8. The elimination of scouts being able to hike or camp in patrols was unfortunate, but now it appears the BSA doesn't even feel scouts can communicate safely over video chat without direct adult monitoring. I have to ask where that line of thinking is going to end. I realize that we are calling these conference calls "meetings", but that's just labeling. A "meeting" is a gathering of people at a location or site, and when a bunch of kids are gathering at some location where parental supervision is absent, requiring Two Deep Leadership at least makes logical sense, even if some might argue tha
  9. So, I'm just wondering how Eagle BoR is handled in other areas. When I had my Review Board, it was held at the Gerald R. Ford Museum in the executive board room and was quite formal feeling. Not unpleasant, but there was a certain amount of solemnity and seriousness. By contrast, I recently sat on an Eagle BoR for the first time at my local council offices. I was rather astonished when the Council representative running things told us to "Just grab a few chairs and drag them out into the hallway, you can do the review out there." I really felt pretty bad for the kid. I mean, this
  10. When producing rules like this, I find the best approach is to lay out the rules in as bland a manner possible, with very little in the way of backstory or explanation. Then at the end offer to discuss them in person should anyone have further questions. Otherwise it can feel too much like "airing the dirty laundry". The unfortunate fact is that people suck at reading and keeping it clean and simple works best most of the time.
  11. 😆 5 years actually. That's one of the reasons I said "Very very few" and not "None". Even though by the time I was at the school there was only one nun left teaching, it was clear that the nuns of the past were really really good at lists of "Don'ts". Positive Punishment was definitely a more accepted methodology than Positive Reinforcement.
  12. Actually, this means you might find the classic Hennessy Hammock a PERFECT fit. The classic Hennessy hammock uses a bottom entry system to get in. You split the two sides, lower the hammock down over you, then sit down and pull your feet in. When you pull your feet in, your weight pulls the two sides closed and seals the velcro. You can set the hammock up so the bottom is only like 12"-18" off the ground and not have any issues at all with getting in. Getting out can be somewhat more complicated, but this is easily fixed with a very simple change. To get out, you use your toes to spl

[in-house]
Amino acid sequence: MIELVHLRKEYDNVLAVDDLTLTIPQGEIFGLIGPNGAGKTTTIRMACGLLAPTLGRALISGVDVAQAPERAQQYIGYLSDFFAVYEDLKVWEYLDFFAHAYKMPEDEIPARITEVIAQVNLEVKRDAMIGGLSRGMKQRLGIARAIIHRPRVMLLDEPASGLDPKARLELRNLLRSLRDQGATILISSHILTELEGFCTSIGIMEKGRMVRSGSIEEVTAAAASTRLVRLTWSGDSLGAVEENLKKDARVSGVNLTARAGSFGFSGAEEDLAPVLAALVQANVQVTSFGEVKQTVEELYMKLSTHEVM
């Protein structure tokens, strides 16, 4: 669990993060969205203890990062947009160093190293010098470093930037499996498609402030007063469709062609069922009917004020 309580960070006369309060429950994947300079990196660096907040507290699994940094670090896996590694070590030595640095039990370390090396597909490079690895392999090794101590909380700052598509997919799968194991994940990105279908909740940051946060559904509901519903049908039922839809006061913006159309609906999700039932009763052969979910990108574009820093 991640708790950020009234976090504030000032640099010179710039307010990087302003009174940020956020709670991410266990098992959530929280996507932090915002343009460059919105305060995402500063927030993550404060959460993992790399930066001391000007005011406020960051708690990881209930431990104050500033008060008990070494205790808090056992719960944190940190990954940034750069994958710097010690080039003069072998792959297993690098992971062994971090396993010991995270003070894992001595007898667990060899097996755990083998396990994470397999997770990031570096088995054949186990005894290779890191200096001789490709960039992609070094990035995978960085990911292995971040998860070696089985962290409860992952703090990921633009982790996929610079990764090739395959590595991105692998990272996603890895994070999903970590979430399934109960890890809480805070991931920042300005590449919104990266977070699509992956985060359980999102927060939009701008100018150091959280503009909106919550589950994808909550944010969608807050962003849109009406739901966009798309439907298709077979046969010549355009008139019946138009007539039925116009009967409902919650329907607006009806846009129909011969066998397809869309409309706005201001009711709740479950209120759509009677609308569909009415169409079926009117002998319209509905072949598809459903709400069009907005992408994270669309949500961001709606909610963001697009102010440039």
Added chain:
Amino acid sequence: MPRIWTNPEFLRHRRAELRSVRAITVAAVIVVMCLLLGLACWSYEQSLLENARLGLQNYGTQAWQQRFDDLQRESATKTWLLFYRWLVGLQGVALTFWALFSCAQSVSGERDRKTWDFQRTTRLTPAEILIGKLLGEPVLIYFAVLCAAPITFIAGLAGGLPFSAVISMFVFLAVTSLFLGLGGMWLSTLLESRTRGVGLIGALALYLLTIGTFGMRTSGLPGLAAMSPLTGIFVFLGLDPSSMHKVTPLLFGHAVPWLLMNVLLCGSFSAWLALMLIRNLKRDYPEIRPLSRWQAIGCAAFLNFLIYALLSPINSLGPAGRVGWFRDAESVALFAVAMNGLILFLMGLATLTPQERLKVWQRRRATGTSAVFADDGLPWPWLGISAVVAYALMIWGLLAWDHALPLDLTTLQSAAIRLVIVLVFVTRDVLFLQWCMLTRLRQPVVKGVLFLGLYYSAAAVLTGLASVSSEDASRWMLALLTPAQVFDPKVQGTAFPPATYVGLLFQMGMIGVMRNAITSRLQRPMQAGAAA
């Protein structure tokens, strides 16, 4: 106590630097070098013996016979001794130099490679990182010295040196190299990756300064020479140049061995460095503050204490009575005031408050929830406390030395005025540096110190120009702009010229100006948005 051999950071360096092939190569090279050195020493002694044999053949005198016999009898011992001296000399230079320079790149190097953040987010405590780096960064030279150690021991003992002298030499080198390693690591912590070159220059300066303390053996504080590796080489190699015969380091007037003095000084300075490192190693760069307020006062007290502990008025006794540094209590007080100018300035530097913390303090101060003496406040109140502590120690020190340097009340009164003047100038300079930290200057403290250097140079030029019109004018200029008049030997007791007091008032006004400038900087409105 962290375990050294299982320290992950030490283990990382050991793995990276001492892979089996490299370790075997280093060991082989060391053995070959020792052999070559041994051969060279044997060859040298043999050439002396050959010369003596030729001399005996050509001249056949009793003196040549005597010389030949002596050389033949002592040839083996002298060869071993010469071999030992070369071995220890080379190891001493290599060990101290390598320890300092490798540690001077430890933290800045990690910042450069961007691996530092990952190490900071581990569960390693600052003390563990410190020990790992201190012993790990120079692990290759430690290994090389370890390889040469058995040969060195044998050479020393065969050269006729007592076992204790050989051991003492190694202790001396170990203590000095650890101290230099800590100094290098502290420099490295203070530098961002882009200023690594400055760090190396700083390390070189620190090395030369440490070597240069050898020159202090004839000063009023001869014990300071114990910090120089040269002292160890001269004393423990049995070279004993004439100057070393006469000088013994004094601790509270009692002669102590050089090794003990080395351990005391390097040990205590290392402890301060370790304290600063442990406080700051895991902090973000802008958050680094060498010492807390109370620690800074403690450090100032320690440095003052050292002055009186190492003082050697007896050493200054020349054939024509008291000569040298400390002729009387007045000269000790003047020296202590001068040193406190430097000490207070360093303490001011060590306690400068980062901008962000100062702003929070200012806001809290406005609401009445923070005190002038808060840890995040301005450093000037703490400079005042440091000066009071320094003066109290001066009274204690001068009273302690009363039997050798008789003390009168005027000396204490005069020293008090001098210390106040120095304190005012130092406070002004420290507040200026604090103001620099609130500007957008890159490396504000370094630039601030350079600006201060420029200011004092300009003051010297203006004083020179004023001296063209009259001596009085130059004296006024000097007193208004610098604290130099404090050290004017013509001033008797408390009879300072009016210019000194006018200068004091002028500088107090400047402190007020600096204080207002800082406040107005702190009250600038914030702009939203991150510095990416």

13. There are very very few organizations that actually go through the effort to officially say "NO" to everything they haven't said "YES" to. Using that as your yardstick in life would be a great way to get in trouble. Your argument here is essentially identical to saying: Why can't New York and New Jersey have the same Governor if they want to? States are "linked bodies" and they work together on joint projects and when there is a governor's meeting, they always pick one person to be the "chairperson", so clearly a joint Governor shouldn't be a problem.
  14. No, I imagine it was simply a scanned copy of the published brochure. But here's a link to the "Trail to Adventure" publication, Volume 8, Issue 1. https://i9peu1ikn3a16vg4e45rqi17-wpengine.netdna-ssl.com/wp-content/uploads/2019/04/The-Trail-To-Adventure-Master-Copy_Spring-2019.pdf This is only talking about the issue in regards to summer camp, but it makes the BSA position pretty clear. Now, let's add to those points the fact that the BSA Rules https://filestore.scouting.org/filestore/membership/pdf/Rules_and_Regulations_June_2018.pdf specify that the SPL must be
  15. For all those looking for explicit documentation about sharing leadership between boy and girl troops, here you go: https://skcscouts.org/wp-content/uploads/2018/12/Starting-Linked-Troop.pdf This clearly and definitively states that the entire youth troop structures of linked troops are supposed to be independent. There is no reason a female SPL can't serve in an ad hoc leadership role for some activity, however the key concept behind an "ad hoc" anything is that the term of service is only the duration of the (typically short) immediate activity. Furthermore, serv